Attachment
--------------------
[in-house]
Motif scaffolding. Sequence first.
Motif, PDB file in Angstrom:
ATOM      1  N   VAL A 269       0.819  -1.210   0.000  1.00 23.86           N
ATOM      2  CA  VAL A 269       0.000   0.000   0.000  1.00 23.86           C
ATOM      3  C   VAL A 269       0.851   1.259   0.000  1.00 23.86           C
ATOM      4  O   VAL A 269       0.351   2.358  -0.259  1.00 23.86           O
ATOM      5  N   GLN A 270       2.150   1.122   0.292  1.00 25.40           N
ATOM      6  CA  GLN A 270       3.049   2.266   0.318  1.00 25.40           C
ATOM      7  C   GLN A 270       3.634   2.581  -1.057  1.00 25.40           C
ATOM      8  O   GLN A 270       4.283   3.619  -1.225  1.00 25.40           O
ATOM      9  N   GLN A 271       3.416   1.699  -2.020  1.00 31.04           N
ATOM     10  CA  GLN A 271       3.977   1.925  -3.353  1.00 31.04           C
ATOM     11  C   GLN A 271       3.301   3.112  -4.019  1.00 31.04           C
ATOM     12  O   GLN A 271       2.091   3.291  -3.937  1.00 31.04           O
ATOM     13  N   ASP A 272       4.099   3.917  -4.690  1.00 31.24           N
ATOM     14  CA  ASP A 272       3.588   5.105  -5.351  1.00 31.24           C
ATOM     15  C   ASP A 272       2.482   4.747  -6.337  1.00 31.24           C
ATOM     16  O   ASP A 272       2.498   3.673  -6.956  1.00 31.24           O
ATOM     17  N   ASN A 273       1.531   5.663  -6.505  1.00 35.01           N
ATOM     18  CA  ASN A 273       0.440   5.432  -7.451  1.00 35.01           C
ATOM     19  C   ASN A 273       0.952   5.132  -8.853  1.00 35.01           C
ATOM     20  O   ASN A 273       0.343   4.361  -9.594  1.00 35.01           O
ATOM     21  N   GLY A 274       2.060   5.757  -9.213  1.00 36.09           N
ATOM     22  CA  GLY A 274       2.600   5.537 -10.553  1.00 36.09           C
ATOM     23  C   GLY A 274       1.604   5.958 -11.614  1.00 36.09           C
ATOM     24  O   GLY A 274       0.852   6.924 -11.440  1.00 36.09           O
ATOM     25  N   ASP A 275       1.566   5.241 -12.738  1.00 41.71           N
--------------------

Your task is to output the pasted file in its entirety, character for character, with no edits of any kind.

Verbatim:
[in-house]
Motif scaffolding. Sequence first.
Motif, PDB file in Angstrom:
ATOM      1  N   VAL A 269       0.819  -1.210   0.000  1.00 23.86           N
ATOM      2  CA  VAL A 269       0.000   0.000   0.000  1.00 23.86           C
ATOM      3  C   VAL A 269       0.851   1.259   0.000  1.00 23.86           C
ATOM      4  O   VAL A 269       0.351   2.358  -0.259  1.00 23.86           O
ATOM      5  N   GLN A 270       2.150   1.122   0.292  1.00 25.40           N
ATOM      6  CA  GLN A 270       3.049   2.266   0.318  1.00 25.40           C
ATOM      7  C   GLN A 270       3.634   2.581  -1.057  1.00 25.40           C
ATOM      8  O   GLN A 270       4.283   3.619  -1.225  1.00 25.40           O
ATOM      9  N   GLN A 271       3.416   1.699  -2.020  1.00 31.04           N
ATOM     10  CA  GLN A 271       3.977   1.925  -3.353  1.00 31.04           C
ATOM     11  C   GLN A 271       3.301   3.112  -4.019  1.00 31.04           C
ATOM     12  O   GLN A 271       2.091   3.291  -3.937  1.00 31.04           O
ATOM     13  N   ASP A 272       4.099   3.917  -4.690  1.00 31.24           N
ATOM     14  CA  ASP A 272       3.588   5.105  -5.351  1.00 31.24           C
ATOM     15  C   ASP A 272       2.482   4.747  -6.337  1.00 31.24           C
ATOM     16  O   ASP A 272       2.498   3.673  -6.956  1.00 31.24           O
ATOM     17  N   ASN A 273       1.531   5.663  -6.505  1.00 35.01           N
ATOM     18  CA  ASN A 273       0.440   5.432  -7.451  1.00 35.01           C
ATOM     19  C   ASN A 273       0.952   5.132  -8.853  1.00 35.01           C
ATOM     20  O   ASN A 273       0.343   4.361  -9.594  1.00 35.01           O
ATOM     21  N   GLY A 274       2.060   5.757  -9.213  1.00 36.09           N
ATOM     22  CA  GLY A 274       2.600   5.537 -10.553  1.00 36.09           C
ATOM     23  C   GLY A 274       1.604   5.958 -11.614  1.00 36.09           C
ATOM     24  O   GLY A 274       0.852   6.924 -11.440  1.00 36.09           O
ATOM     25  N   ASP A 275       1.566   5.241 -12.738  1.00 41.71           N